Robert did not have life insurance, nor was he able to prepare in any way for what might happen to his kids if he were to leave them this early. We are scrambling to figure out how we can pay for a burial at all, let alone how the little ones (youngest being 10) will be able to get back to life as normal. 


We are asking for your help, in any way you can. This is a desperate cry for help, and we would not be asking if it wasn't 100% necessary. Time is of the essence. If you can help in any way, we would be eternally grateful. I wish it didn’t come to this. 


We have setup a GoFundMe campaign to help collect funds to pay for final expenses. Click here to donate. 


Thank you so much for reading this, it means the world. 


-Ryan Hender



Obama Small Arms ShakeDown – Obama & Hillary Exposed

Sunday, October 27th, 2013

Robert A Hender Jr
Oct 25, 2013
Subject: Obama DisArming America

We have every right to defend ourselves.  We have a responsibility to speak up and to stand where God has planted us, for free speech, for the freedom of worship, for our right to travel etc…  

NSA and CIA assassins have been trained to blindly shoot Americans.  The shootings at Aurora Colorado, at Newtown CT, at the DC Navy Base and other shooting events were carried out by Manchurian candidates and often they have no memory of the event.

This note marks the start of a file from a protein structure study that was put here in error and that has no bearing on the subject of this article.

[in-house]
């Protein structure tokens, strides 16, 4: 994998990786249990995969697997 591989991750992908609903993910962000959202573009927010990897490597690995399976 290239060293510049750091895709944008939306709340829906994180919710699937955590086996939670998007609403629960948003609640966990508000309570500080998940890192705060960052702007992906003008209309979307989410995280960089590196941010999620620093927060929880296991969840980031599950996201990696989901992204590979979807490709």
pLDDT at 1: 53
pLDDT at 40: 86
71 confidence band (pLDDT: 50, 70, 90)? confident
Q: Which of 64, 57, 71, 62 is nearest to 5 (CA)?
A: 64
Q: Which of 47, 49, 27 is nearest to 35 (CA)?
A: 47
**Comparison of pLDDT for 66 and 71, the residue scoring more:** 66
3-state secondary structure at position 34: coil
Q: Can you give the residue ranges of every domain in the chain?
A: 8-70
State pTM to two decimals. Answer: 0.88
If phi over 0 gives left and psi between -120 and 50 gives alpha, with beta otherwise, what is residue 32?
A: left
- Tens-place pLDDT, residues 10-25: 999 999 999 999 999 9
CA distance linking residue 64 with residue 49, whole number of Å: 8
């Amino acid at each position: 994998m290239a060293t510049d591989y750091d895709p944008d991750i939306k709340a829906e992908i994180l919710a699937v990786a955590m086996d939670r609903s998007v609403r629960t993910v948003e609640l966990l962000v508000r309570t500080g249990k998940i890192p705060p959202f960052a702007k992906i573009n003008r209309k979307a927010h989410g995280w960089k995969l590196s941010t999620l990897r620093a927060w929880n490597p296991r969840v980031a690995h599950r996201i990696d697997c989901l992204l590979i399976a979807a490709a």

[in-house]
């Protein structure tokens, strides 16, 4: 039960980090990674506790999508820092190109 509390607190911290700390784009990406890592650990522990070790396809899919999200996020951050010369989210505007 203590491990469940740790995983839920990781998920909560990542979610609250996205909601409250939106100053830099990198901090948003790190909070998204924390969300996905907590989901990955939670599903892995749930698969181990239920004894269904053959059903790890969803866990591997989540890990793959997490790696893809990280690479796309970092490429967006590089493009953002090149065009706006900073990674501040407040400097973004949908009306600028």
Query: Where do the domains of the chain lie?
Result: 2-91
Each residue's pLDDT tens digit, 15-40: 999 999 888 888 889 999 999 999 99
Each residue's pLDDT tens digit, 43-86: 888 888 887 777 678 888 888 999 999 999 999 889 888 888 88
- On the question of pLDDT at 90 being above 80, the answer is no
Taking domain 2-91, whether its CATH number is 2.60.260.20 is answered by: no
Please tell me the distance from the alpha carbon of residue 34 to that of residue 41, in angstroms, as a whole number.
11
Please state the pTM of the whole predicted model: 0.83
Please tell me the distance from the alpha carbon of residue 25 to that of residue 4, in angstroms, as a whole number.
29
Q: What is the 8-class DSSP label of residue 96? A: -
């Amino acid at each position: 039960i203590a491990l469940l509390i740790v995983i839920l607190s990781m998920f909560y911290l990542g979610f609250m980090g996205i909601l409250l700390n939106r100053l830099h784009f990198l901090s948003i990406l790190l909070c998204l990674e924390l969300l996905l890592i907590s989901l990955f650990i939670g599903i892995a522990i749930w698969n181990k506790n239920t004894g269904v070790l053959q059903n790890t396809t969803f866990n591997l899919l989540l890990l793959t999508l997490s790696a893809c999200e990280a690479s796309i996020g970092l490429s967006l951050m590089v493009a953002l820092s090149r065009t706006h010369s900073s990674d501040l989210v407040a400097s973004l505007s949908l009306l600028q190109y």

Do you recall the movie ' Conspiracy Theory, ' with Mel Gibson?  Do you remember Jason Borne as well?  These characters represent thousands of real NSA and CIA assassins that are quietly waiting for their marching orders.  

Between the UN Small Arms Treaty activity and the Lame Stream Media, the powers that be are ding their best to persuade us that we would be safer if we just hand over our guns.  These are lies from the pits of hell.  

In the news, I saw a report recently about how the Department of Homeland Security is about to spend $80million more to hire extra guards in preparation of civil unrest in America.  

  Are we sheep in America?  Are we waiting to be sheered by the politicians in DC?  

  We are in charge in America.  

  God Bless…  R J Hender



United States Of America, going Bankrupt

Friday, October 18th, 2013


America has been bankrupt, almost from the creation of the UNITED STATES of AMERICA. When the corporate USA agrees to bankruptcy terms the agreement spans 70 years.  The first bankruptcy agreement included the District of Columbia as the collateral for the debt.  

The 2nd go-round – or 70 years after the Paris Treaty that Ben Franklin signed – the new USA bankruptcy agreement took place when Abe Lincoln was the President.  All of the southern states were to be used as collateral for the next 70yr USA bankruptcy contract. 

About 70 years later – 1933 or so – the USA Governors and the USA President decided to put you and me up as collateral for this next 70 year bankruptcy cycle.